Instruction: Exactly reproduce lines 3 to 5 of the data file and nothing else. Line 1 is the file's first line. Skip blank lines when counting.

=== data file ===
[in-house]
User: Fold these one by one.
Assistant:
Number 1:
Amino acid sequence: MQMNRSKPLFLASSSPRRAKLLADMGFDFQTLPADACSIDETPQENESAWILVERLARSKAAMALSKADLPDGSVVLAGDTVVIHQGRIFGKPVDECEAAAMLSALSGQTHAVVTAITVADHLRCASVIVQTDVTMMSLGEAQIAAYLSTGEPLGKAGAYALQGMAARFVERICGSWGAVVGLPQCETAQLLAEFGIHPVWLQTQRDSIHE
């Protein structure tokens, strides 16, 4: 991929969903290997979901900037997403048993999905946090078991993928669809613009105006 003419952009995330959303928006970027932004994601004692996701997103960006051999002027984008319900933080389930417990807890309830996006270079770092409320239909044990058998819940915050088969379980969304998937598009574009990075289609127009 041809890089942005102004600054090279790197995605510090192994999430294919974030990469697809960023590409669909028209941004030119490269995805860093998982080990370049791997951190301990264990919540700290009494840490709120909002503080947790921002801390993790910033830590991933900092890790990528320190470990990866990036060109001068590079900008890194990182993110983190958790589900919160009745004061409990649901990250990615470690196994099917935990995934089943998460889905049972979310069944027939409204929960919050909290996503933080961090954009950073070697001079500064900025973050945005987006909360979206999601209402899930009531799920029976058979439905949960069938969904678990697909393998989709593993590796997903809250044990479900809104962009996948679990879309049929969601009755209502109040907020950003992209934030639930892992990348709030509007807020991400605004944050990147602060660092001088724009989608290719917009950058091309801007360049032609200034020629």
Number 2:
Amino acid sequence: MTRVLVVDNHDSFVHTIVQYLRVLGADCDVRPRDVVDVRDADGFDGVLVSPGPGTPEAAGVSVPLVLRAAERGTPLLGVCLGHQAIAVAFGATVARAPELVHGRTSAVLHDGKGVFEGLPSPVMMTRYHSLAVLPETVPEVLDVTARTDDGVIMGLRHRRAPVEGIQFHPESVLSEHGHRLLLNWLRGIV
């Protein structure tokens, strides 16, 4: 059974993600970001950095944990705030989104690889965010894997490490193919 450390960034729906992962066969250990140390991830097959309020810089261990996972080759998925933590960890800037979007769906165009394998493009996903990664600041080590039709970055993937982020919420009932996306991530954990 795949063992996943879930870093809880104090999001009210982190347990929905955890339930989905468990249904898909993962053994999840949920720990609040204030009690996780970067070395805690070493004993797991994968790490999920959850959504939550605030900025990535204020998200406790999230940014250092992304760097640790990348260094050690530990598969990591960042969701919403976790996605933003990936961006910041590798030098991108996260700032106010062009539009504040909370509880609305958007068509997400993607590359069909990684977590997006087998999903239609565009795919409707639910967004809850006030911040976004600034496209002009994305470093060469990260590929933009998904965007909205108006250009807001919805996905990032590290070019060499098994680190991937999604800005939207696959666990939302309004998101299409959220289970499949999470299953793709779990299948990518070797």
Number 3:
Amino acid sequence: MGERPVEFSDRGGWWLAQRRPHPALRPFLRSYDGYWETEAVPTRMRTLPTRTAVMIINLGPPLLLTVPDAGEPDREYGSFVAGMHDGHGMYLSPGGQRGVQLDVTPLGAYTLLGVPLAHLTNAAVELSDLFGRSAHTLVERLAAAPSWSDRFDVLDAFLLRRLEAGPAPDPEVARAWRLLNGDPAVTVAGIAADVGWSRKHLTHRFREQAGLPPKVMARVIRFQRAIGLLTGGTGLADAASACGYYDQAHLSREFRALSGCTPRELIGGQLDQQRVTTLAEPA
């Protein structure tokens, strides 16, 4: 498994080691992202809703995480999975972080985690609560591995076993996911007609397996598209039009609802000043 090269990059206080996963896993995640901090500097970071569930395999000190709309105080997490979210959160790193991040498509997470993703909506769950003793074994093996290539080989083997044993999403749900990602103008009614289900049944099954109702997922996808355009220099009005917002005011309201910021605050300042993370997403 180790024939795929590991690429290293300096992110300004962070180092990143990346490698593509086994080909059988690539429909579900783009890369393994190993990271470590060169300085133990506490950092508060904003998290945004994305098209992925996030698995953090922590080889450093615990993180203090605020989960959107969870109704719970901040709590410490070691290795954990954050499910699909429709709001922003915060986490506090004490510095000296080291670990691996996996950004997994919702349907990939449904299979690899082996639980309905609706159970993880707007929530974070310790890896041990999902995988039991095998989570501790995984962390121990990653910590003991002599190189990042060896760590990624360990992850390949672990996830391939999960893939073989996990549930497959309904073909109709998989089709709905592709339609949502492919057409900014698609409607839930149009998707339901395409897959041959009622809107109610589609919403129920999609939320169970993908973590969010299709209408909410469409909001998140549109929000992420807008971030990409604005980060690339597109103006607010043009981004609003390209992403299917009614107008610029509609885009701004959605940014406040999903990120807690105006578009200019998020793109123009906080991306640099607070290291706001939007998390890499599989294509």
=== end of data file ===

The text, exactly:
Assistant:
Number 1:
Amino acid sequence: MQMNRSKPLFLASSSPRRAKLLADMGFDFQTLPADACSIDETPQENESAWILVERLARSKAAMALSKADLPDGSVVLAGDTVVIHQGRIFGKPVDECEAAAMLSALSGQTHAVVTAITVADHLRCASVIVQTDVTMMSLGEAQIAAYLSTGEPLGKAGAYALQGMAARFVERICGSWGAVVGLPQCETAQLLAEFGIHPVWLQTQRDSIHE